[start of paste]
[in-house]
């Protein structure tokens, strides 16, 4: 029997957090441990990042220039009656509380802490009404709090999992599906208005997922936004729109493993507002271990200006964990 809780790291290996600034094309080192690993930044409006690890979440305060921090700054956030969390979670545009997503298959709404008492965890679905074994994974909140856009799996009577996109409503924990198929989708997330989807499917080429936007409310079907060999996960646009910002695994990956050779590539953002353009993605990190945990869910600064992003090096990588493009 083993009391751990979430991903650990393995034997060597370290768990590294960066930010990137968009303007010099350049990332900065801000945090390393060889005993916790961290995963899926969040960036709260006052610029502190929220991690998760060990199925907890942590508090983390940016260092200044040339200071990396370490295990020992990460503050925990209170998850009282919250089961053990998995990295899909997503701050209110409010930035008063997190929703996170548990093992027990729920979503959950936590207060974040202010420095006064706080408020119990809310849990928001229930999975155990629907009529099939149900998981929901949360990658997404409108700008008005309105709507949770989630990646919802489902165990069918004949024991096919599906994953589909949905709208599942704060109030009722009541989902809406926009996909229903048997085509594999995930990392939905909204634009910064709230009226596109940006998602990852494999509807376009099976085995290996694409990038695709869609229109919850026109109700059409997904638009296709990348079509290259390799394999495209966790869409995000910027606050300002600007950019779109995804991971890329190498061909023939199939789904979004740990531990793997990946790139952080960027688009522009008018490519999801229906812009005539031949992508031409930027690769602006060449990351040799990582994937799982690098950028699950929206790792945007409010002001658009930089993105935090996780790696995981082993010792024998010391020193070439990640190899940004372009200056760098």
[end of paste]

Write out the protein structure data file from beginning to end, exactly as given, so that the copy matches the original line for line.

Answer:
[in-house]
């Protein structure tokens, strides 16, 4: 029997957090441990990042220039009656509380802490009404709090999992599906208005997922936004729109493993507002271990200006964990 809780790291290996600034094309080192690993930044409006690890979440305060921090700054956030969390979670545009997503298959709404008492965890679905074994994974909140856009799996009577996109409503924990198929989708997330989807499917080429936007409310079907060999996960646009910002695994990956050779590539953002353009993605990190945990869910600064992003090096990588493009 083993009391751990979430991903650990393995034997060597370290768990590294960066930010990137968009303007010099350049990332900065801000945090390393060889005993916790961290995963899926969040960036709260006052610029502190929220991690998760060990199925907890942590508090983390940016260092200044040339200071990396370490295990020992990460503050925990209170998850009282919250089961053990998995990295899909997503701050209110409010930035008063997190929703996170548990093992027990729920979503959950936590207060974040202010420095006064706080408020119990809310849990928001229930999975155990629907009529099939149900998981929901949360990658997404409108700008008005309105709507949770989630990646919802489902165990069918004949024991096919599906994953589909949905709208599942704060109030009722009541989902809406926009996909229903048997085509594999995930990392939905909204634009910064709230009226596109940006998602990852494999509807376009099976085995290996694409990038695709869609229109919850026109109700059409997904638009296709990348079509290259390799394999495209966790869409995000910027606050300002600007950019779109995804991971890329190498061909023939199939789904979004740990531990793997990946790139952080960027688009522009008018490519999801229906812009005539031949992508031409930027690769602006060449990351040799990582994937799982690098950028699950929206790792945007409010002001658009930089993105935090996780790696995981082993010792024998010391020193070439990640190899940004372009200056760098």